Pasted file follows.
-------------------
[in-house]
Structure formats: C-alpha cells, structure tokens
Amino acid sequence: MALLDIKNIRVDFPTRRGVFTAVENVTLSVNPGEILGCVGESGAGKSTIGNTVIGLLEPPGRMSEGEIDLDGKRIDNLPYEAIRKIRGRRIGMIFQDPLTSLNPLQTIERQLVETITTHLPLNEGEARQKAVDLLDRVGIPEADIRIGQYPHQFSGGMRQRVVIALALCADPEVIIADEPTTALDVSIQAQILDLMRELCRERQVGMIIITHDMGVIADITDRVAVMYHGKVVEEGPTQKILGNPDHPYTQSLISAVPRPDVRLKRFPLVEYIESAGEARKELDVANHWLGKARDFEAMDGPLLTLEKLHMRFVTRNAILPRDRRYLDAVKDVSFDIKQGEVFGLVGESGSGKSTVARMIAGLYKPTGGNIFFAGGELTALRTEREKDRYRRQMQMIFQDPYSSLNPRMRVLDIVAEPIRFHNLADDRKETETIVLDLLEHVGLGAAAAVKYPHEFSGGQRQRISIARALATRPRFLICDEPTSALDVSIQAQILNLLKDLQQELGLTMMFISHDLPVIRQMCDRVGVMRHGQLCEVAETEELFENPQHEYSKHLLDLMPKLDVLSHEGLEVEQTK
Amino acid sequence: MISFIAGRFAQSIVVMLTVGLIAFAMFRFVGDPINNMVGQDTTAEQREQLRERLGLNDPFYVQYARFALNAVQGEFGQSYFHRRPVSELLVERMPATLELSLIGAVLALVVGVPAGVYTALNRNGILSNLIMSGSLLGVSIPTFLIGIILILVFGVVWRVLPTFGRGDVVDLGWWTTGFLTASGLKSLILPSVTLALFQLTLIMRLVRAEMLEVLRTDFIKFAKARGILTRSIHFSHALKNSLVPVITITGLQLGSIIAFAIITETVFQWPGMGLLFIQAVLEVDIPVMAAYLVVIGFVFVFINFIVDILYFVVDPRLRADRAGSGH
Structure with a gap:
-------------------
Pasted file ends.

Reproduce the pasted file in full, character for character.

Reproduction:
[in-house]
Structure formats: C-alpha cells, structure tokens
Amino acid sequence: MALLDIKNIRVDFPTRRGVFTAVENVTLSVNPGEILGCVGESGAGKSTIGNTVIGLLEPPGRMSEGEIDLDGKRIDNLPYEAIRKIRGRRIGMIFQDPLTSLNPLQTIERQLVETITTHLPLNEGEARQKAVDLLDRVGIPEADIRIGQYPHQFSGGMRQRVVIALALCADPEVIIADEPTTALDVSIQAQILDLMRELCRERQVGMIIITHDMGVIADITDRVAVMYHGKVVEEGPTQKILGNPDHPYTQSLISAVPRPDVRLKRFPLVEYIESAGEARKELDVANHWLGKARDFEAMDGPLLTLEKLHMRFVTRNAILPRDRRYLDAVKDVSFDIKQGEVFGLVGESGSGKSTVARMIAGLYKPTGGNIFFAGGELTALRTEREKDRYRRQMQMIFQDPYSSLNPRMRVLDIVAEPIRFHNLADDRKETETIVLDLLEHVGLGAAAAVKYPHEFSGGQRQRISIARALATRPRFLICDEPTSALDVSIQAQILNLLKDLQQELGLTMMFISHDLPVIRQMCDRVGVMRHGQLCEVAETEELFENPQHEYSKHLLDLMPKLDVLSHEGLEVEQTK
Amino acid sequence: MISFIAGRFAQSIVVMLTVGLIAFAMFRFVGDPINNMVGQDTTAEQREQLRERLGLNDPFYVQYARFALNAVQGEFGQSYFHRRPVSELLVERMPATLELSLIGAVLALVVGVPAGVYTALNRNGILSNLIMSGSLLGVSIPTFLIGIILILVFGVVWRVLPTFGRGDVVDLGWWTTGFLTASGLKSLILPSVTLALFQLTLIMRLVRAEMLEVLRTDFIKFAKARGILTRSIHFSHALKNSLVPVITITGLQLGSIIAFAIITETVFQWPGMGLLFIQAVLEVDIPVMAAYLVVIGFVFVFINFIVDILYFVVDPRLRADRAGSGH
Structure with a gap: